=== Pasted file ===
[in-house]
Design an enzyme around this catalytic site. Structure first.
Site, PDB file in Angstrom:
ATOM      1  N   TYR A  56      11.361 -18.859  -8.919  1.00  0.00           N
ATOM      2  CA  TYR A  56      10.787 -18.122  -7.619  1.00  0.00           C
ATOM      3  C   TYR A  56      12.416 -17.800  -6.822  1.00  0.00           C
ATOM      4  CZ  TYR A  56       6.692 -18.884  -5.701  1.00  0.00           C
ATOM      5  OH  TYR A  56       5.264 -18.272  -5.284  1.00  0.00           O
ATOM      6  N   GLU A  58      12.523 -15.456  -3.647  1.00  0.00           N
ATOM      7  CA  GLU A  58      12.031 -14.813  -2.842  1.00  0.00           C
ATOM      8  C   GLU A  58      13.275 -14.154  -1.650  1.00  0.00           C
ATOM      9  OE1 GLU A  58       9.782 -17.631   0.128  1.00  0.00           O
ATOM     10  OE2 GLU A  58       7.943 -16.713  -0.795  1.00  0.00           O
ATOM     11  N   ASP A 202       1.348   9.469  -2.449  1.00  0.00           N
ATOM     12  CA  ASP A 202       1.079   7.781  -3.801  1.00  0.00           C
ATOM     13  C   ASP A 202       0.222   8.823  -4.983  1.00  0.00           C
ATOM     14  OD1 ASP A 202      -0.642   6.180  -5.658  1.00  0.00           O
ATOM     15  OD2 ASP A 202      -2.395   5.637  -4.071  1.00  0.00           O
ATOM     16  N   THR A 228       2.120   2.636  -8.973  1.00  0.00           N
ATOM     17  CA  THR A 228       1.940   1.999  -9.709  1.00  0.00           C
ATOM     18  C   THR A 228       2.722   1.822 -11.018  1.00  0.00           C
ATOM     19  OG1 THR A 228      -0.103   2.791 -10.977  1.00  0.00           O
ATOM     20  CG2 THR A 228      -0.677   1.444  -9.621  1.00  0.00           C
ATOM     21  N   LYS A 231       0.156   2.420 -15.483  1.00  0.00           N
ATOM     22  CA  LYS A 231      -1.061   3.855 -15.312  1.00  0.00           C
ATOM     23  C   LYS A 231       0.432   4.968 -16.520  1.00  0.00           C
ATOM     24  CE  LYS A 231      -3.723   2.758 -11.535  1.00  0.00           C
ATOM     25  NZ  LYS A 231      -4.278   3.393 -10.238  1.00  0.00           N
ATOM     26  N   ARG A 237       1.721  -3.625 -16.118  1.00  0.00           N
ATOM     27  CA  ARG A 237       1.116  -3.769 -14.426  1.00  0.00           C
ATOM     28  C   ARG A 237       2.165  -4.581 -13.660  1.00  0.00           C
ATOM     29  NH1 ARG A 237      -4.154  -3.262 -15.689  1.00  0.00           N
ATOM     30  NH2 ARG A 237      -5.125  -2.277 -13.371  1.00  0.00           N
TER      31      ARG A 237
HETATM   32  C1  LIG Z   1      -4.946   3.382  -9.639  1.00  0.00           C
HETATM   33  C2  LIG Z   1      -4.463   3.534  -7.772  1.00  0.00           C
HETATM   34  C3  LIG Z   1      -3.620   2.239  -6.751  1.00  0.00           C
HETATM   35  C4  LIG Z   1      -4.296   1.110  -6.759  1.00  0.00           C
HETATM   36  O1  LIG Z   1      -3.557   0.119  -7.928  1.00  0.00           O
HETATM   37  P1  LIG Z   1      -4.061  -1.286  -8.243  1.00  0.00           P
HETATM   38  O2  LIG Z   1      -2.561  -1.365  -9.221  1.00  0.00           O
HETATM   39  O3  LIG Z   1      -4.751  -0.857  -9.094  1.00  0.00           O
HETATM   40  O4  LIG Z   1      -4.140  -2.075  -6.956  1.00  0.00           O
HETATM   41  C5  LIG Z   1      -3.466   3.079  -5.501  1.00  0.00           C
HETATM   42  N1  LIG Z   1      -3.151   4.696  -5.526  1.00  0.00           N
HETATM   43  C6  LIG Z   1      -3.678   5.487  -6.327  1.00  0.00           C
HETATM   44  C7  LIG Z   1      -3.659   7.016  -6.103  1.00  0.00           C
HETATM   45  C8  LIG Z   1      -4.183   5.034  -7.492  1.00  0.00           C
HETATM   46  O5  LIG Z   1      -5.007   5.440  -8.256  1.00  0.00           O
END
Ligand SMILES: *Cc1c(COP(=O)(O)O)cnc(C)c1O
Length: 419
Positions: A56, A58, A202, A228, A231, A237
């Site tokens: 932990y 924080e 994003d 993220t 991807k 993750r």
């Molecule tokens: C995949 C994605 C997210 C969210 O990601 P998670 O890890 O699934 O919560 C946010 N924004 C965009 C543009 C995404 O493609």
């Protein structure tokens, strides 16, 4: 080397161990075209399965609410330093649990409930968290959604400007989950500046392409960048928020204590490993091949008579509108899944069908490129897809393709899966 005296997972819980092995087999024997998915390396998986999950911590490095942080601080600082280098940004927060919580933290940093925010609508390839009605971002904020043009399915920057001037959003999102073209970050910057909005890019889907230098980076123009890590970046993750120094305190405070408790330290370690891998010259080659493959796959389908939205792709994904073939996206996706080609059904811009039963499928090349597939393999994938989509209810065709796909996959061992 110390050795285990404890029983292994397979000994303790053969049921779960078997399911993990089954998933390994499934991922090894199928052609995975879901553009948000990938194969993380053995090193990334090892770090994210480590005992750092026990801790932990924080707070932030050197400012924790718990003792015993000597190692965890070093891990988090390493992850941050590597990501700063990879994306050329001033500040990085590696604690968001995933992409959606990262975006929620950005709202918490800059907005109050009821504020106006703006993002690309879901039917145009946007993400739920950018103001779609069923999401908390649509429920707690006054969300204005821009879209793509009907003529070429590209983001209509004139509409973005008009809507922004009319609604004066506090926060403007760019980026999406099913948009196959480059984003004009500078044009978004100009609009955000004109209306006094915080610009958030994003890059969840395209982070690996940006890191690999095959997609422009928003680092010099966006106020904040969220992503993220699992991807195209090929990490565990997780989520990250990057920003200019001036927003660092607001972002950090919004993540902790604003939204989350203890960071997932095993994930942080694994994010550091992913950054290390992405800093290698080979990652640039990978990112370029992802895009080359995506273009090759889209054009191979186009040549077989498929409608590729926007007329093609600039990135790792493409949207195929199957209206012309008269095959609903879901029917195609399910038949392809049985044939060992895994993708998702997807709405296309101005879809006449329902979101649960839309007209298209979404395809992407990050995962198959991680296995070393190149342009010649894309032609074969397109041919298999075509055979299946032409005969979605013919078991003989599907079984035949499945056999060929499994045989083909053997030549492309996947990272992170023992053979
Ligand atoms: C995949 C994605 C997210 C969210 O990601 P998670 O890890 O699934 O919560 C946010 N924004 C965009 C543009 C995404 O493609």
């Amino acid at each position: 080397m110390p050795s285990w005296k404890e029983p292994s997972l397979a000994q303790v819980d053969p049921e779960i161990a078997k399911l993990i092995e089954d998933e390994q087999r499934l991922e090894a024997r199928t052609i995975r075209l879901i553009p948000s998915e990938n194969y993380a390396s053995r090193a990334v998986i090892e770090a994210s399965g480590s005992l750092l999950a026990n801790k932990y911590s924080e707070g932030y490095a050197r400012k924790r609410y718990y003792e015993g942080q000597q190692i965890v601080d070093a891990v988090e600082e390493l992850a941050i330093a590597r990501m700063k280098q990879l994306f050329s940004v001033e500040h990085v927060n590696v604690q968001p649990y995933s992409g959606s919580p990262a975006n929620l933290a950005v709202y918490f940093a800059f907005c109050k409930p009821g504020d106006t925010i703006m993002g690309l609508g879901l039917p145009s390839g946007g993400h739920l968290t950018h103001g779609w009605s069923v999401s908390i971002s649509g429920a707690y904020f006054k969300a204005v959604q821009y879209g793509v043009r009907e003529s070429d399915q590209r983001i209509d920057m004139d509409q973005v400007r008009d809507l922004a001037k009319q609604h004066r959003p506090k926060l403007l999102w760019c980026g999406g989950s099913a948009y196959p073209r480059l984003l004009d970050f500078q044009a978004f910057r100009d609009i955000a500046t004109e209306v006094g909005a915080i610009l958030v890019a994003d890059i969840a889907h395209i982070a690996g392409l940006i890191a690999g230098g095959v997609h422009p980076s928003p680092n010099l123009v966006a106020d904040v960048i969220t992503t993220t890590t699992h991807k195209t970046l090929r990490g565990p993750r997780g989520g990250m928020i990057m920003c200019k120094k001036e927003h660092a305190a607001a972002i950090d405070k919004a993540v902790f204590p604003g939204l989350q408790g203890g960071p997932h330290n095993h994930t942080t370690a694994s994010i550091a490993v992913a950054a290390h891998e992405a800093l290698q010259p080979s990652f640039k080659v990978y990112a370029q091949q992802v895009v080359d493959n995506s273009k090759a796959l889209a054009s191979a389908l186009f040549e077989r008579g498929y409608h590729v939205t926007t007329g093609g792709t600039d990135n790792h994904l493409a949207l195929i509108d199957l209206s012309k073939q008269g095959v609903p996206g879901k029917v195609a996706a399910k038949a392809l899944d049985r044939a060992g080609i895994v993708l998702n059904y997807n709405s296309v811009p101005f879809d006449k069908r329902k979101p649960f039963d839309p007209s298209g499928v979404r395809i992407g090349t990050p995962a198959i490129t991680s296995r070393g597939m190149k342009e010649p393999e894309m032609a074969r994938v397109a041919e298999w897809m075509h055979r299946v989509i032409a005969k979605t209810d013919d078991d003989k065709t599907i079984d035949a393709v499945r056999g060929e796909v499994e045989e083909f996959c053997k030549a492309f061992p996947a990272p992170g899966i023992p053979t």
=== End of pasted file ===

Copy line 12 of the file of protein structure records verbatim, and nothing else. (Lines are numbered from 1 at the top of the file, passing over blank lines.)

ATOM      9  OE1 GLU A  58       9.782 -17.631   0.128  1.00  0.00           O